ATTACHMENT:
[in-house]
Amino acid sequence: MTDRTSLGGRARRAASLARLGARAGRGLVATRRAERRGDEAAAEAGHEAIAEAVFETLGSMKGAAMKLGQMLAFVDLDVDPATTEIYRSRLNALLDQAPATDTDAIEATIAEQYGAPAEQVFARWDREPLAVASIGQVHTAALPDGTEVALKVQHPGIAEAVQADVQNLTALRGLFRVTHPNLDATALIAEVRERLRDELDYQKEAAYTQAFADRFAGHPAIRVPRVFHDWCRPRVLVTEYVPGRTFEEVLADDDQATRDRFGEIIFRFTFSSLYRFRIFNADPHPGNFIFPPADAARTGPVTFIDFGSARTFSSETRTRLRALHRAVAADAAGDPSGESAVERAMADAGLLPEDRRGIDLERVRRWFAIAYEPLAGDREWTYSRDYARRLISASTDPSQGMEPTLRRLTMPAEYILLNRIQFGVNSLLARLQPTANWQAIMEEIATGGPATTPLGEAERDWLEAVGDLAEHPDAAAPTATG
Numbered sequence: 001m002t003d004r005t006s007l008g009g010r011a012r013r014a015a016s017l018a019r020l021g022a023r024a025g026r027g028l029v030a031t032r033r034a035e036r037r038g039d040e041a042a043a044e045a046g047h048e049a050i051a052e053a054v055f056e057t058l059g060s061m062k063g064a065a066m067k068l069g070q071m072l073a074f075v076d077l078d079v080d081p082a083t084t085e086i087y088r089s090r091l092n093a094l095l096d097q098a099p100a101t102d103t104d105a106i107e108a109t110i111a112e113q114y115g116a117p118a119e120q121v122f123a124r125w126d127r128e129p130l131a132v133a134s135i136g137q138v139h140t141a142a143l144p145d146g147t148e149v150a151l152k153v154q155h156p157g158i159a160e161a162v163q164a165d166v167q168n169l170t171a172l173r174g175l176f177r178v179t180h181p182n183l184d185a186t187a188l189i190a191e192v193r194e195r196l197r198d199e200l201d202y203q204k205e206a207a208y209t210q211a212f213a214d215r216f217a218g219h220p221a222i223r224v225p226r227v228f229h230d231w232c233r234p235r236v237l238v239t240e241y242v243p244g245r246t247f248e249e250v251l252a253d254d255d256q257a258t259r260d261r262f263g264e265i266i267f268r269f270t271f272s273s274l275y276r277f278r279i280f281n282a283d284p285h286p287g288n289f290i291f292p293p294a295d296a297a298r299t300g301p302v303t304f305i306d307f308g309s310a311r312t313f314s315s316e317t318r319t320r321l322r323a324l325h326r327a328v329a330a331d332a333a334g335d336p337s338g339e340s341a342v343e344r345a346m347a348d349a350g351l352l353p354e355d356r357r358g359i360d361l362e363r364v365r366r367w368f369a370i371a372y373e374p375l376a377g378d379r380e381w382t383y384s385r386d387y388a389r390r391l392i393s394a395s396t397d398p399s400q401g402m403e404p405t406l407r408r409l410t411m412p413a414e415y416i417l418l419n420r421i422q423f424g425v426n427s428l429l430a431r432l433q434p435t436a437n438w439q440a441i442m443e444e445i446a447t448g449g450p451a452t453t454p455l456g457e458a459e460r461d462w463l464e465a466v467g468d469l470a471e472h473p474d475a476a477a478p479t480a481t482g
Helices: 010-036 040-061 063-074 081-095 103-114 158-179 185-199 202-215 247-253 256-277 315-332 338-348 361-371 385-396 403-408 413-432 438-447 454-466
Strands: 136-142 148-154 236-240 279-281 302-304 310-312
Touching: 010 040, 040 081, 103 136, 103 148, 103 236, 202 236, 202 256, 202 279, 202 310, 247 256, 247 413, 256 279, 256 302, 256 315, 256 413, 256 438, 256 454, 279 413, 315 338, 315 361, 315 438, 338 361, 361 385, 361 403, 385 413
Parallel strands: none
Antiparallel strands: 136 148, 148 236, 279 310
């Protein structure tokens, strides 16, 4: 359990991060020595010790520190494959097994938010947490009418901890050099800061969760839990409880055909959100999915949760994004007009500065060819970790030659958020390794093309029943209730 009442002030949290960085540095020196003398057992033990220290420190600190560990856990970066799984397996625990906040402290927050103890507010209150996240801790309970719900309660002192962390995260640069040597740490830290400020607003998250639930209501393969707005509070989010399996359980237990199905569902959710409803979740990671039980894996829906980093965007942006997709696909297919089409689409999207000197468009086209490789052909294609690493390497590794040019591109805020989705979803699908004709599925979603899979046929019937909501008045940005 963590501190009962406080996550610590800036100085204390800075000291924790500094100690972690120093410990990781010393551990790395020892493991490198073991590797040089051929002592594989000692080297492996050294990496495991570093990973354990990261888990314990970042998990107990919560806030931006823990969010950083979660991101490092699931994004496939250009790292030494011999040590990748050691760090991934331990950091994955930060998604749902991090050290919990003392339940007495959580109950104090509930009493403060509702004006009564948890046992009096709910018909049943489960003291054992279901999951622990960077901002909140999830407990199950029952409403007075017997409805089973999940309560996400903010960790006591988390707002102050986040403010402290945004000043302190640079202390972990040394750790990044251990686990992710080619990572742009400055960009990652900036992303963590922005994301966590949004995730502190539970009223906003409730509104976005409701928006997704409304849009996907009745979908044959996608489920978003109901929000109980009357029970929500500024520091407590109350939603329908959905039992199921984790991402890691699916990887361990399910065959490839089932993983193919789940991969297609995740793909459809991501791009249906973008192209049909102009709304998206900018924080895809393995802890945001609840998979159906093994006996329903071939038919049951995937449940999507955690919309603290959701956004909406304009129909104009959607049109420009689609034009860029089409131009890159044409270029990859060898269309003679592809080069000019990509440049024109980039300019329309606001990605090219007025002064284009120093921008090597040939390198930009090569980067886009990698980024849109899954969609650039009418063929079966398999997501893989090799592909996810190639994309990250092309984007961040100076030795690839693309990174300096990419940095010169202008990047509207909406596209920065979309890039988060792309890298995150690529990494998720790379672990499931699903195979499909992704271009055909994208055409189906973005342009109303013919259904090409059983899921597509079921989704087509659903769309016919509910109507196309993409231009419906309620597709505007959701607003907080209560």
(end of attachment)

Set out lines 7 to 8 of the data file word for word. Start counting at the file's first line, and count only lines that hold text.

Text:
Parallel strands: none
Antiparallel strands: 136 148, 148 236, 279 310